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Effects of climate change on US grain transport

Nature Climate Change volume 3, pages 638643 (2013) | Download Citation

Abstract

The United States is a global grain supplier. Agriculture uses 22% of all US transported tonnage with grain being the largest component1. Crop mix shifts are an often cited consequence of climate change2,3,4 and such shifts may change the demands grain places on the transport system. Studies also find that climate change could decrease Great Lakes water levels5,6,7,8, shorten the duration of ice cover in the winter9,10,11 and alter grain supplies in grain-exporting countries12. This study investigates the effects of such phenomena on US grain transportation movements both in volumes and modes. Specifically we examine the effects of possible shifts in: crop production patterns; Great Lakes water levels; winter navigation possibilities; and foreign grain production. We find that crop mix shifts reduce the importance of Lower Mississippi River ports, but increase the role of Pacific Northwest ports, Great Lakes ports and Atlantic ports. We also find a shift from barge to rail and truck transport. Conversely, a longer navigation season or a reduction in Great Lake water levels increases grain shipments to the ports in the Lower Mississippi River. Higher use of Great Lakes ports occurs under a reduction of grain production in European exporting countries that compete with Great Lakes ports.

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Acknowledgements

This article obtained the financial support from the University Transportation Center for Mobility, Texas Transportation Institute. We also thank all the people who have made valuable comments to this work in the 2011 NAREA & AAEA Joint Annual Meeting and 2012 Systemic Impacts of Climate on Transportation Workshop held by the Office of the Secretary of Transportation, US Department of Transportation. Finally, we thank the Commission on Higher Education, Ministry of Education, Thailand, for the financial support to W.A.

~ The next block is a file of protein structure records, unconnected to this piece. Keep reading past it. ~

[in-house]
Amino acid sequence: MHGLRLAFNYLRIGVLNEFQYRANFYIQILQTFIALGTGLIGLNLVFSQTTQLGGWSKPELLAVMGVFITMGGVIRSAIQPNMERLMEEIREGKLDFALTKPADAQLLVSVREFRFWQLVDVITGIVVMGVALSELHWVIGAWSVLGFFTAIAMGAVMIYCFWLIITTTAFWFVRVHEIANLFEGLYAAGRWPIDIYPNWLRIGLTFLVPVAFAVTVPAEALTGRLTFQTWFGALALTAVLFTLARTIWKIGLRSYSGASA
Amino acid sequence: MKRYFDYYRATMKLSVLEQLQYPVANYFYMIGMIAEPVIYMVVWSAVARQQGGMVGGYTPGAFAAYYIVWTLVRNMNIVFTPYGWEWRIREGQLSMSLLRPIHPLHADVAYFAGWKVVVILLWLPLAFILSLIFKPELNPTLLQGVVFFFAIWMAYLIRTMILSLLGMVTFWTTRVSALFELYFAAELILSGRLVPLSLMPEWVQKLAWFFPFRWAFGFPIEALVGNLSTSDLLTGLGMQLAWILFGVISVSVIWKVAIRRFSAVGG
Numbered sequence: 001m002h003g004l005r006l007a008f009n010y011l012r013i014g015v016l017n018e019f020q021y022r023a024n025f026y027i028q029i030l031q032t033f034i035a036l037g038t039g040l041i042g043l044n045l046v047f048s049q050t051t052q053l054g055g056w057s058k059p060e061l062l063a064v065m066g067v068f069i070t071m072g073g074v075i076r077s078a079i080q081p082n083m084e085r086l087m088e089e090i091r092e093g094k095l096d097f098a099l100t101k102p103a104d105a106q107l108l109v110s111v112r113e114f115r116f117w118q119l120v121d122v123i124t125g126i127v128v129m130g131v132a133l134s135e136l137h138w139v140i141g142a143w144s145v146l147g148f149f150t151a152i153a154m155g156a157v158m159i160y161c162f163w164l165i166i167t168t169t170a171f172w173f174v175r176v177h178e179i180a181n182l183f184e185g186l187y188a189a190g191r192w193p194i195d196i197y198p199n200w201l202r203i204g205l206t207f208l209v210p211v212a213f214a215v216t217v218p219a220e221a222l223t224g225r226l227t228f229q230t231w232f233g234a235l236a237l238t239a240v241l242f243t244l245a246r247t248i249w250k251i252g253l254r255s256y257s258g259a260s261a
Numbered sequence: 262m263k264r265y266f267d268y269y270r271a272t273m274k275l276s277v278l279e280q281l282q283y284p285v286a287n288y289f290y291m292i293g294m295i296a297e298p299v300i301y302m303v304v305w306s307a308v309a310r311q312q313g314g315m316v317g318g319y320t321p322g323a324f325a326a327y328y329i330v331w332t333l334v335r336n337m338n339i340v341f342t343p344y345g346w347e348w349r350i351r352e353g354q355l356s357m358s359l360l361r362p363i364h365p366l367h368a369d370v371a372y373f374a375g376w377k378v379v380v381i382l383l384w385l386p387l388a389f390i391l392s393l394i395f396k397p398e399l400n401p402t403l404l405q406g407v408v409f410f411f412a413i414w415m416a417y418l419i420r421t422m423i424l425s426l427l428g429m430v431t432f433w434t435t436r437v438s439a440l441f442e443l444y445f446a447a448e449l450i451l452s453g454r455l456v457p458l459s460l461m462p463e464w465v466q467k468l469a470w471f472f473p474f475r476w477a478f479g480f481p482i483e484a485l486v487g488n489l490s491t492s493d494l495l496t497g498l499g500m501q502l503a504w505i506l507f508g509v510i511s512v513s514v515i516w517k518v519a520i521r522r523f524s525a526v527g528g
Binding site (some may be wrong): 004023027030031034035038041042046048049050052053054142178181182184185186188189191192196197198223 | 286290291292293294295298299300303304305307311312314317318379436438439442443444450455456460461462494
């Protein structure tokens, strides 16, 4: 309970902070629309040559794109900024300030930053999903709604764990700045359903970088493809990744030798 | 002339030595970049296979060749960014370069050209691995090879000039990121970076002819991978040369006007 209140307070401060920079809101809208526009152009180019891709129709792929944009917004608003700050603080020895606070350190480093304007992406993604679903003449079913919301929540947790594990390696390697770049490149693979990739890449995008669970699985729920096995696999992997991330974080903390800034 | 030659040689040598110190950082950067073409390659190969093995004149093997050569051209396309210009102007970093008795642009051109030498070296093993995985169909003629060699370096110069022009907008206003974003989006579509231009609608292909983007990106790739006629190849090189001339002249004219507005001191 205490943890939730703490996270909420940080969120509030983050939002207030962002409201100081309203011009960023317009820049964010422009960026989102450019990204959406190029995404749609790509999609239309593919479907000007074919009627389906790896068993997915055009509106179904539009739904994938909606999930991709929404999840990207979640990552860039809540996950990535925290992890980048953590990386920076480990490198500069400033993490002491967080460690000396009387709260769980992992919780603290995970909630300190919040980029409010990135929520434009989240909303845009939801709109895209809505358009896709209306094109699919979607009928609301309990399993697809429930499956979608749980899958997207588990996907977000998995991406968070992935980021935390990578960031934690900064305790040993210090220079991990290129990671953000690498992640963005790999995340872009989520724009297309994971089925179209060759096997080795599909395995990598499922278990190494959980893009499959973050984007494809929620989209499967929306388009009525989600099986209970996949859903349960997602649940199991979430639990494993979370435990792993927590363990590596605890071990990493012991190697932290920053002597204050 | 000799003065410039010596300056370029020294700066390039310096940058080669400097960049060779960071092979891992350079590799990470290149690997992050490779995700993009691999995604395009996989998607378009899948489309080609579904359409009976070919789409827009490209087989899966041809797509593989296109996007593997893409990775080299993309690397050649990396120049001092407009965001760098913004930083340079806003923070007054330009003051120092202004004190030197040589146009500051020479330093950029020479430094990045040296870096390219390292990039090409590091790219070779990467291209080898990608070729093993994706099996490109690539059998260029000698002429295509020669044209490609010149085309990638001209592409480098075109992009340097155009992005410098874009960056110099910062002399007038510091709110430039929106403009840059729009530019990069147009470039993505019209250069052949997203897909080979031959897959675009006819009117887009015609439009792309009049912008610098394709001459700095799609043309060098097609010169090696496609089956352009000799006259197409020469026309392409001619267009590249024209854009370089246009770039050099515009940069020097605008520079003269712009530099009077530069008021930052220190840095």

Author information

Affiliations

  1. Department of Economics, Faculty of Economics, Kasetsart University, Bangkok 10900, Thailand

    • Witsanu Attavanich
  2. Department of Agricultural Economics, Texas A&M University, Texas 77843, USA

    • Bruce A. McCarl
    • , Zafarbek Ahmedov
    • , Stephen W. Fuller
    •  & Dmitry V. Vedenov

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Contributions

W.A. collected the data set, developed the modified model of ref. 19 and the IGTM, and carried out the estimations and analyses for the entire paper. B.A.M. provided the conceptual ideas, analyses and recommendations for the entire paper. Z.A collected the data set for the IGTM. S.W.F. provided the conceptual ideas, analyses and recommendations in the IGTM. D.V.V. provided the conceptual ideas. All authors contributed to writing the manuscript.

Competing interests

The authors declare no competing financial interests.

Corresponding author

Correspondence to Witsanu Attavanich.

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DOI

https://doi.org/10.1038/nclimate1892

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